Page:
2. Lack of personal culpability by patients – with both privately and publicly funded insurance, the actual cost to the patient is defrayed.  They are not harmed by unnecessary spending, so they don’t try to control it.  Only uninsured patients are painfully aware of the cost of unnecessry tests.
  3. Lack of personal culpability by doctors – If I order an unnecessary test or expensive drug, I am not harmed by the waste.  For example, it is common practice by emergency physicians in our area to get a chest x-ray on children with fever.  Most of this is related to defensive medicine which is understandable in the ER, but clinically the test is often not warranted.  Yet the emergency physicians are not really affected by this waste, and the hospital and radiologists are actually rewarded by it if the insurance company pays for it (which they do).
  4. Incentives for other parties – As I just said, hospitals and radiologists have incentives to have wasteful procedures done.  The urologist I spoke to has a huge financial stake in the continuation of PSA testing, as it generates enormous business for him.  Drug companies want us to order their more expensive drugs than the generic alternatives.  This doesn’t mean any of them are wrong, but they sure as heck won’t fight waste if it harms them financially to do so.

When I was a physician starting out, the insurance companies would pay for pretty much any drug I prescribed.  At that time there were very expensive branded anti-inflamatory drugs that were aggressively pushed by the drug companies.  When the first drug formulary came around, the first thing that happened was that they forced me to use generic drugs of this type.  Before, there was no reason not to prescribe a brand, I had samples, and they were a tiny bit more convenient.  But when I changed there was really no negative effect on my patients.

One of our local hospitals just built a huge new cardiac center.  Statistically, our area is a very high-consumer of coronary artery stents compared to the national average.  Yet there are many cases in which an asymptomatic person will get a stent placed simply because they have abnormalities on their cardiac catheterization.  Logically this may make sense, but the data do not suggest that these people are helped at all.  Do you think that the hospital wants these procedures halted?  Do you think the cardiologists do?  Yet if they are truly unnecessary, shouldn’t they be stopped?  Couldn’t the $200 million they spent on their state-of-the-art facility be used in better ways?  Someone has to be looking at this and making sure the money spent is not wasted.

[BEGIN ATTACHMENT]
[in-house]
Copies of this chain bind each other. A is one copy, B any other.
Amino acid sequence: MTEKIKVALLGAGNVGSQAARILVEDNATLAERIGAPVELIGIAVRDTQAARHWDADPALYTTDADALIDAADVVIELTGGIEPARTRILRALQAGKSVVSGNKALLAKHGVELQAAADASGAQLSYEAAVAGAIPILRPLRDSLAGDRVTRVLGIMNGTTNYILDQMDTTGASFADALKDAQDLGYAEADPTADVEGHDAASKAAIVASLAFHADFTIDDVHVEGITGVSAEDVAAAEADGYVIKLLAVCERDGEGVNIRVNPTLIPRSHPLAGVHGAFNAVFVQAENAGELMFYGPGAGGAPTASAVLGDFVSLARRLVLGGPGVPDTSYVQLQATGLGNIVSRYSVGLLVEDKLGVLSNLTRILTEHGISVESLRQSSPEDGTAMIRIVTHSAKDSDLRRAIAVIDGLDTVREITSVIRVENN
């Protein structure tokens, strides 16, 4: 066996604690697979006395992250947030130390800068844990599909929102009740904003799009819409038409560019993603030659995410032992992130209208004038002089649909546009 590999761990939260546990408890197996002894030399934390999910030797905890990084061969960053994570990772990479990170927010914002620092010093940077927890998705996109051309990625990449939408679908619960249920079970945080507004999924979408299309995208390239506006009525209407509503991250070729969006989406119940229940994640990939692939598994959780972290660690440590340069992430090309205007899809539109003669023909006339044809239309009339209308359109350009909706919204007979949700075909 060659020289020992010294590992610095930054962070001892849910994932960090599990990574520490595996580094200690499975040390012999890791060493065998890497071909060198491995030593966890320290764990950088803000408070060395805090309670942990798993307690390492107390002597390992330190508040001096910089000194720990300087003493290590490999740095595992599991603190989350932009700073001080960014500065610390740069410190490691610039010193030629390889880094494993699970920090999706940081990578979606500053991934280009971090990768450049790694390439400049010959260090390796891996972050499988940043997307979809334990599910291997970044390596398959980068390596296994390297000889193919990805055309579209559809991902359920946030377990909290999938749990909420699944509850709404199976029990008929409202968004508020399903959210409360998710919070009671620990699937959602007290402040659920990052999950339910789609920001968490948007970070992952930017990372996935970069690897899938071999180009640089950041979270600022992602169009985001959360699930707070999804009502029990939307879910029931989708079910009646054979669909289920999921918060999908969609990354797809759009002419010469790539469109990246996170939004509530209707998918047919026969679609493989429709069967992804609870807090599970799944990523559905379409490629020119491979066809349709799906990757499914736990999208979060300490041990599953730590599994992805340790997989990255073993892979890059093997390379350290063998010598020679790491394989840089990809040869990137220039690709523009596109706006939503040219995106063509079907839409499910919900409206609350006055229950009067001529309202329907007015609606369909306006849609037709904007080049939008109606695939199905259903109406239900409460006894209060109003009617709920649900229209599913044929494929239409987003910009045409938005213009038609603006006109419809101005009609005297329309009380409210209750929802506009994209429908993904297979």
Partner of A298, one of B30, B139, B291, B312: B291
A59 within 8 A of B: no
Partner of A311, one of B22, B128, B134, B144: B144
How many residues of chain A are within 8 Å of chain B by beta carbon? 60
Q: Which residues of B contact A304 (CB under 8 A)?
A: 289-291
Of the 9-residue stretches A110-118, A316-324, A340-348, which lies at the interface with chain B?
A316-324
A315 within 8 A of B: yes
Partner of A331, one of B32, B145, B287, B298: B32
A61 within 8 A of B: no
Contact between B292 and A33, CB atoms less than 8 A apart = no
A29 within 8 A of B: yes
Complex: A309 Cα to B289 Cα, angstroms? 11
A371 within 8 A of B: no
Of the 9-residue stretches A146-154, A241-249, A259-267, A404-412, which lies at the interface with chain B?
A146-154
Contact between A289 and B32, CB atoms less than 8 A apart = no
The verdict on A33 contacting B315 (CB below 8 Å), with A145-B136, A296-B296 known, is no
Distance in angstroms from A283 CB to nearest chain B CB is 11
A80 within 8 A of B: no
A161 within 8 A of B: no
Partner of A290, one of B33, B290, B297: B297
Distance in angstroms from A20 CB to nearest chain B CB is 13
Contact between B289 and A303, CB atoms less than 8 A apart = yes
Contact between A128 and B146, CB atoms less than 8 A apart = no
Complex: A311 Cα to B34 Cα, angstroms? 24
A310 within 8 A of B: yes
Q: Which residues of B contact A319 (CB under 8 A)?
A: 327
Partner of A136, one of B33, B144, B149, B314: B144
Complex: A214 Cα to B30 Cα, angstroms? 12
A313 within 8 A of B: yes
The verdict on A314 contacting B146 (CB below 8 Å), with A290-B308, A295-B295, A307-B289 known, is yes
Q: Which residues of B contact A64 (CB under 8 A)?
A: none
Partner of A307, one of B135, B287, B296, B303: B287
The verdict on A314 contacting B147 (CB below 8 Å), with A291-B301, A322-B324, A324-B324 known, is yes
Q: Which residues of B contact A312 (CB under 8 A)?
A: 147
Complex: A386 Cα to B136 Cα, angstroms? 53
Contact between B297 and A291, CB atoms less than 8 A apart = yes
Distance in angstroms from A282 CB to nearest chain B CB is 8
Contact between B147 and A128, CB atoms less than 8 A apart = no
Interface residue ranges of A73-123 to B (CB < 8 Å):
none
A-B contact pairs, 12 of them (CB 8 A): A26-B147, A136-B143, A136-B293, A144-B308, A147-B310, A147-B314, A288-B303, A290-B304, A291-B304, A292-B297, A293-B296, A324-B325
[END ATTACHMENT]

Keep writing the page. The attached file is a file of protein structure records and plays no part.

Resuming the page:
Without cost control a business will fail, and the same goes for our system.  Yet any suggestion at the elimination of clinically questionable procedures is met with cries of rationing.  Right now we are not at the point of rationing, and the act of trying to control cost by eliminating unnecessary procedures does not necessarily imply that the end goal is rationing.  The end goal is to spend money on necessary procedures instead of waste.  I sincerely doubt there is a left-wing conspiracy to push us to deny care where it is needed.  I doubt that the American Cancer Society is in favor of rationing.

Let’s just spend our money wisely.  It’s just common sense; not an evil plot.

*This blog post was originally published at Musings of a Distractible Mind*